The author of an economic analysis of the U.S. Department of Agriculture’s controversial livestock marketing rule warns in an op-ed article in The Oklahoman this week that the plan will slash jobs in Oklahoma and throughout the United States.

According to John Dunham, president of John Dunham & Associates, the proposed Grain Inspection, Packers and Stockyards Administration (GIPSA) livestock procurement rule could dismantle partnerships between livestock producers and meat packers. He says if the rule is enacted it would cost Oklahoma 2,200 jobs, with lost wages accounting for almost $56 million, with the total economic loss exceeding $258 million. The United States would lose 104,000 jobs and approximately $14 billion in revenue, much of which is spent in small towns and rural areas.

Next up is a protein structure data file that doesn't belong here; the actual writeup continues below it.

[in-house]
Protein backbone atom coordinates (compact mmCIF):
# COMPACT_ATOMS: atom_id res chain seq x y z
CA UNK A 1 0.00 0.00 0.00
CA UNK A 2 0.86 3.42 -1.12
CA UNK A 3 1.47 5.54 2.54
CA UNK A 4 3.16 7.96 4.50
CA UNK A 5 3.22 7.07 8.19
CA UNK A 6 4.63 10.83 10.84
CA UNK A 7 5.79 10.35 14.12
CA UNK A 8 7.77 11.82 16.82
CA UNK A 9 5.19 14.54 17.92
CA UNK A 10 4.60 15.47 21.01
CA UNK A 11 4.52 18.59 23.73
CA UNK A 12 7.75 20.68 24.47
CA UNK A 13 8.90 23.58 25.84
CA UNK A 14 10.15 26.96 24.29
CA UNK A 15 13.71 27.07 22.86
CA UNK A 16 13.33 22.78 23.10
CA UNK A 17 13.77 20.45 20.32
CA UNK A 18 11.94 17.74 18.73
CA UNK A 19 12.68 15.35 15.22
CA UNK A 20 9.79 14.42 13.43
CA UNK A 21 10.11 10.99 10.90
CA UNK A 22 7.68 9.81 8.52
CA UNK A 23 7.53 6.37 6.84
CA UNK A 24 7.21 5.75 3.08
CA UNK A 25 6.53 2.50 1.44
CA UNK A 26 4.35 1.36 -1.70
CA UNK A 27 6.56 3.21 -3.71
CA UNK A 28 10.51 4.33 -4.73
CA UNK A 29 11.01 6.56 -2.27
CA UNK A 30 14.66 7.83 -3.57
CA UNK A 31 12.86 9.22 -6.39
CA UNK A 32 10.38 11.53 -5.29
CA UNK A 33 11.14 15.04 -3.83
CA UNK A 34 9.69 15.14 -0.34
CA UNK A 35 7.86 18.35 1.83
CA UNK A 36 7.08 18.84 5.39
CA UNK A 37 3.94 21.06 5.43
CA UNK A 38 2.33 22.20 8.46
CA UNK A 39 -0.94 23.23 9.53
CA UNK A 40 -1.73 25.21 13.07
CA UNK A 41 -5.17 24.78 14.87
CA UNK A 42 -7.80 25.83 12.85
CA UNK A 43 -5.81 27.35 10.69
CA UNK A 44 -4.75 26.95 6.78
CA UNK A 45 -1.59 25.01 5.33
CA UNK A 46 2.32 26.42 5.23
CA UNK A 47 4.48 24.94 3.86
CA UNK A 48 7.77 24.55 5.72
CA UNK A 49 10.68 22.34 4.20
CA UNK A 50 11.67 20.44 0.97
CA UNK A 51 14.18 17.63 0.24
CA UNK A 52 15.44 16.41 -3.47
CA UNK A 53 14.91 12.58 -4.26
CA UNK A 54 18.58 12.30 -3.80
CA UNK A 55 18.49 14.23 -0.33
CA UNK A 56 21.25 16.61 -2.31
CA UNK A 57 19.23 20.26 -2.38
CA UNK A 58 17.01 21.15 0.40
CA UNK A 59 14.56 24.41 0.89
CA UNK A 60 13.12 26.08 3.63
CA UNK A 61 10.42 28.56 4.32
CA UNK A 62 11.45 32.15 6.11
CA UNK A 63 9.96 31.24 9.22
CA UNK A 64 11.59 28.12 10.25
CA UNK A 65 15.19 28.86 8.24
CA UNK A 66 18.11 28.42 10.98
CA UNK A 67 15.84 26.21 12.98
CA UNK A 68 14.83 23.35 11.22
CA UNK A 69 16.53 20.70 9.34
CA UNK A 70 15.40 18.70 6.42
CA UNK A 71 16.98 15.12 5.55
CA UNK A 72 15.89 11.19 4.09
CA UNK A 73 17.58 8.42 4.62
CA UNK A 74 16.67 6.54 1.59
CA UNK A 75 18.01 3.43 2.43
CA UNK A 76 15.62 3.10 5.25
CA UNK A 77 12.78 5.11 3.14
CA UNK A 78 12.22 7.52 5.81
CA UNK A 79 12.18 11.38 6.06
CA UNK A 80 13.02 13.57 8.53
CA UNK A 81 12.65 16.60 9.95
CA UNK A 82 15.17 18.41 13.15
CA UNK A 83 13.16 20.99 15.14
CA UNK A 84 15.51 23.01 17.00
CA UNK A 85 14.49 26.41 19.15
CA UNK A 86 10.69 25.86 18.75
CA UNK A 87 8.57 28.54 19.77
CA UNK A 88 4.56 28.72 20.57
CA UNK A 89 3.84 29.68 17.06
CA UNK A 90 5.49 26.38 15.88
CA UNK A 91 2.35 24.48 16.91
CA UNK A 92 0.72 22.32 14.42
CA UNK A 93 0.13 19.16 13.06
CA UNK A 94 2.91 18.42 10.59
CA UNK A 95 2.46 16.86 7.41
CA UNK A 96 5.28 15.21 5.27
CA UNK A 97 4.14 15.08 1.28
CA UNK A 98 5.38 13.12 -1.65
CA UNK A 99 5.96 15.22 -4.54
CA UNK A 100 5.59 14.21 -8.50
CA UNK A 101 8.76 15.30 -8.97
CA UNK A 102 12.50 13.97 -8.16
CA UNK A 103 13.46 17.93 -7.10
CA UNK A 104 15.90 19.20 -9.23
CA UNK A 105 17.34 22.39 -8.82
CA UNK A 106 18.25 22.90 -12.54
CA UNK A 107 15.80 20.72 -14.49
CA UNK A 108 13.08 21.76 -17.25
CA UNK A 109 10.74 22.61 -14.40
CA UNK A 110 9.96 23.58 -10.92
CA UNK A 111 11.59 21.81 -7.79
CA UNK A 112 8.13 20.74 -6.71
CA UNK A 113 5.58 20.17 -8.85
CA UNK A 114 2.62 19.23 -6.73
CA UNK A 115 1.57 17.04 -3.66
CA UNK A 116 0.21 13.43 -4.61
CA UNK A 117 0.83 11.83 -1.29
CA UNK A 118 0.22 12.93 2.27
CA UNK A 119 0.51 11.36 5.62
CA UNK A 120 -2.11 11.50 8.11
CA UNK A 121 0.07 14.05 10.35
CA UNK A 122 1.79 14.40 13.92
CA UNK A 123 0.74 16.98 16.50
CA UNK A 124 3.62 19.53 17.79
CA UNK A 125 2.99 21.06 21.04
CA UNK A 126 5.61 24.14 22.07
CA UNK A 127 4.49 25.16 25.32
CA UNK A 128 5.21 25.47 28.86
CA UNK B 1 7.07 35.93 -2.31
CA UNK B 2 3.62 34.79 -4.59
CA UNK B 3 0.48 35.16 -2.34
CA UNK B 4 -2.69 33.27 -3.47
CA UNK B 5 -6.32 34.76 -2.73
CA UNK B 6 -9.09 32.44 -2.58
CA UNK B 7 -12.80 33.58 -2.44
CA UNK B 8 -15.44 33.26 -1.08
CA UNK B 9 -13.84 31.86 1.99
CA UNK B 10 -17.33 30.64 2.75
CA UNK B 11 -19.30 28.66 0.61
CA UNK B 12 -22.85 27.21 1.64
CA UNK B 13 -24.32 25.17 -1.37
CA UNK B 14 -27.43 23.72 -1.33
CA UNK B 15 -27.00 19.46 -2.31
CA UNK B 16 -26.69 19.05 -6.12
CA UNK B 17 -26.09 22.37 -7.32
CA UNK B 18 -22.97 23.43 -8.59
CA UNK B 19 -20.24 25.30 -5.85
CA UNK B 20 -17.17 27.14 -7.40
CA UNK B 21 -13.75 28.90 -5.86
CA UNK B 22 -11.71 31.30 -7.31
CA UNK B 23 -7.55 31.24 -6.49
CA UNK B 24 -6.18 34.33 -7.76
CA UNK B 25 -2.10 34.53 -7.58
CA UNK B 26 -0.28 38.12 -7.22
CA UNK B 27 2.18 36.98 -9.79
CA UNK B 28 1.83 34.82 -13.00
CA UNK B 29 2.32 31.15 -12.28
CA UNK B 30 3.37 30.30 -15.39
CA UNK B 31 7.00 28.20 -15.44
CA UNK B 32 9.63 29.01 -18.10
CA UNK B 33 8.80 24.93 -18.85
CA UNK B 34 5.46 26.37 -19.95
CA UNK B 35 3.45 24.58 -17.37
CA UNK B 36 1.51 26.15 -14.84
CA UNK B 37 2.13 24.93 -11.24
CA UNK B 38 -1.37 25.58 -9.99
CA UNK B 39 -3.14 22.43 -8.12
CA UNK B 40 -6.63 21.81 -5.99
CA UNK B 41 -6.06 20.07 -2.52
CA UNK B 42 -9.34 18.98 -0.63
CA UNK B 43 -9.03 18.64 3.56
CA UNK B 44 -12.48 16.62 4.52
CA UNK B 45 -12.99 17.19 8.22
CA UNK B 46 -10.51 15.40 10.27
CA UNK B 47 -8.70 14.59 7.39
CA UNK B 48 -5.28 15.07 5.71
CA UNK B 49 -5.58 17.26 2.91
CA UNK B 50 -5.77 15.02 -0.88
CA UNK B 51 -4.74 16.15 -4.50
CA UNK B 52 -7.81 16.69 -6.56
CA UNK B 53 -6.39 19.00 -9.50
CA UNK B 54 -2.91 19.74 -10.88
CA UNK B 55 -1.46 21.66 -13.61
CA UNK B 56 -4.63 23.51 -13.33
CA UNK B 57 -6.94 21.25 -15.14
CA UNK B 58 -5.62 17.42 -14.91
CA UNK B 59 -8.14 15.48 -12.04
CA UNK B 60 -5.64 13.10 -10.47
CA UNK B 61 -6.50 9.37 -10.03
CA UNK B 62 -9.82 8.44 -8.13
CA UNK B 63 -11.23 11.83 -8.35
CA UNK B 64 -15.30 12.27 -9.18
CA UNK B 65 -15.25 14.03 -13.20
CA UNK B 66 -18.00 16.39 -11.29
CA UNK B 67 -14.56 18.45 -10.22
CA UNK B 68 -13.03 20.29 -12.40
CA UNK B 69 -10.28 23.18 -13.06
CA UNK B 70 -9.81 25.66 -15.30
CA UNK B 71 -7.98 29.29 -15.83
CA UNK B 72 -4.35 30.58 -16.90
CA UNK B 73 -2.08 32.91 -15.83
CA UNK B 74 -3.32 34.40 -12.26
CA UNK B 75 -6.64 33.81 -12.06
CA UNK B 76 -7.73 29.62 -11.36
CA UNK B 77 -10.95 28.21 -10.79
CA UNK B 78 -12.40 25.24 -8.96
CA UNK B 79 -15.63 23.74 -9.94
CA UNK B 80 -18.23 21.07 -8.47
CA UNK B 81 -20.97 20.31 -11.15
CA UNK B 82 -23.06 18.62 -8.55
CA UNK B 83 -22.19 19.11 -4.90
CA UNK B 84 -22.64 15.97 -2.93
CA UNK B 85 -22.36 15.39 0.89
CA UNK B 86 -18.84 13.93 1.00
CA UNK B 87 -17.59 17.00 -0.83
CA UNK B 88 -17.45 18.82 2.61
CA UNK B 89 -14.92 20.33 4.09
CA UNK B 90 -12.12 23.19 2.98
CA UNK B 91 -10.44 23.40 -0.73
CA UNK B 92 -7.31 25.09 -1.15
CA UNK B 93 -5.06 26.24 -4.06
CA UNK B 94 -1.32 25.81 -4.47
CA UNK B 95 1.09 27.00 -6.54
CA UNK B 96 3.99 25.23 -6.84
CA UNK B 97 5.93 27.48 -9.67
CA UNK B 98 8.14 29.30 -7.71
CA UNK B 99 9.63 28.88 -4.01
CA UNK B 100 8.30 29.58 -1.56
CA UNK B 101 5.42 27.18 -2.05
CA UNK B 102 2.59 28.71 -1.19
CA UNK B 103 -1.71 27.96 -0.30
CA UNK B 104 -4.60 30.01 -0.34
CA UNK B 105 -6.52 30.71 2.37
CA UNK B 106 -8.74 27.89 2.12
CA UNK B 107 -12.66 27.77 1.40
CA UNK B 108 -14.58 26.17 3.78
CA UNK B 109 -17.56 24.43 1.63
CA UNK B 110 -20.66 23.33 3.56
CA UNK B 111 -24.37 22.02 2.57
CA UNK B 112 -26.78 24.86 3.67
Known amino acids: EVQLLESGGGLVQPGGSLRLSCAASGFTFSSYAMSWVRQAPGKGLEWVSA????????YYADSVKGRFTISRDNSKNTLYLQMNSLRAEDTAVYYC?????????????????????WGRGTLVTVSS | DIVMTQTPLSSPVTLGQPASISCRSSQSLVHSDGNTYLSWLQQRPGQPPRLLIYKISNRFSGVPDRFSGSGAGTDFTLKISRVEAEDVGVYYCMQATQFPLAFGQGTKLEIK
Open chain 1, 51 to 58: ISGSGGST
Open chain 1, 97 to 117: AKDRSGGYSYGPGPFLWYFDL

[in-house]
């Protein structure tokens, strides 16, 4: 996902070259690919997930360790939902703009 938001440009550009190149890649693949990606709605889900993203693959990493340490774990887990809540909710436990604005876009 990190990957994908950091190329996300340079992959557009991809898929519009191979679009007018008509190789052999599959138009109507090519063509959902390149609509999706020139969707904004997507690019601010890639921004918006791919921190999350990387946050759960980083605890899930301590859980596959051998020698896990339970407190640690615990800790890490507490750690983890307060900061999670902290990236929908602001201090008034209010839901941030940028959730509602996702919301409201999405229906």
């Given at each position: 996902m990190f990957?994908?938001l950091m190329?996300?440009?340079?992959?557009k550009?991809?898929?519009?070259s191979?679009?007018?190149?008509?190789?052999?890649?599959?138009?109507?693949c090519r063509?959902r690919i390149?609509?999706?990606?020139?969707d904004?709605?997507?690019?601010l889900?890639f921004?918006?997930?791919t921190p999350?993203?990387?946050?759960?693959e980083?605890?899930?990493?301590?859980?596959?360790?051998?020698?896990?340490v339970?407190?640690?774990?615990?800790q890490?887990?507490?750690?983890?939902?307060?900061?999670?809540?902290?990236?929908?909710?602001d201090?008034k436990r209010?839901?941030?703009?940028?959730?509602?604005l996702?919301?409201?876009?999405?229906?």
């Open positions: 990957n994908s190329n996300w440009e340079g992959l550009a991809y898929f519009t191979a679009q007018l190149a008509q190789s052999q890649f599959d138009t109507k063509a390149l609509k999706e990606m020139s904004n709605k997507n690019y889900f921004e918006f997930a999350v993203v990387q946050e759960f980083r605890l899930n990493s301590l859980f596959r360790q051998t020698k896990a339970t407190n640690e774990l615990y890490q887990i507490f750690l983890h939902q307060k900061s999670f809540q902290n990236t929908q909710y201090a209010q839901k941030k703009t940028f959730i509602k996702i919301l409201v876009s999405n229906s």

“It’s hard to imagine how a rule that imposes additional costs on rural America could help the farm economy in any way. In fact, it is hard to fathom why the federal government would promulgate a policy that would cost this country any jobs given the current state of the economy,” says Dunham.

The editorial pointed out that even USDA’s own economic data from 2007 suggested that changes such as those proposed by the new rule could cost consumers and producers $60 billion over the next 10 years. Oklahoma residents would pay $25.6 million more for their meat products.

“From an economic and practical standpoint, when I look at the scope of the proposed rule and the amount of damage it will inflict on America’s meat and poultry industry, which generates $832.4 billion annually to the U.S. economy, or roughly 6% of the entire gross domestic product, it convinces me that the rule should not be implemented,” Dunham concludes.

Dunham’s study was commissioned by the American Meat Institute. Results may be viewed at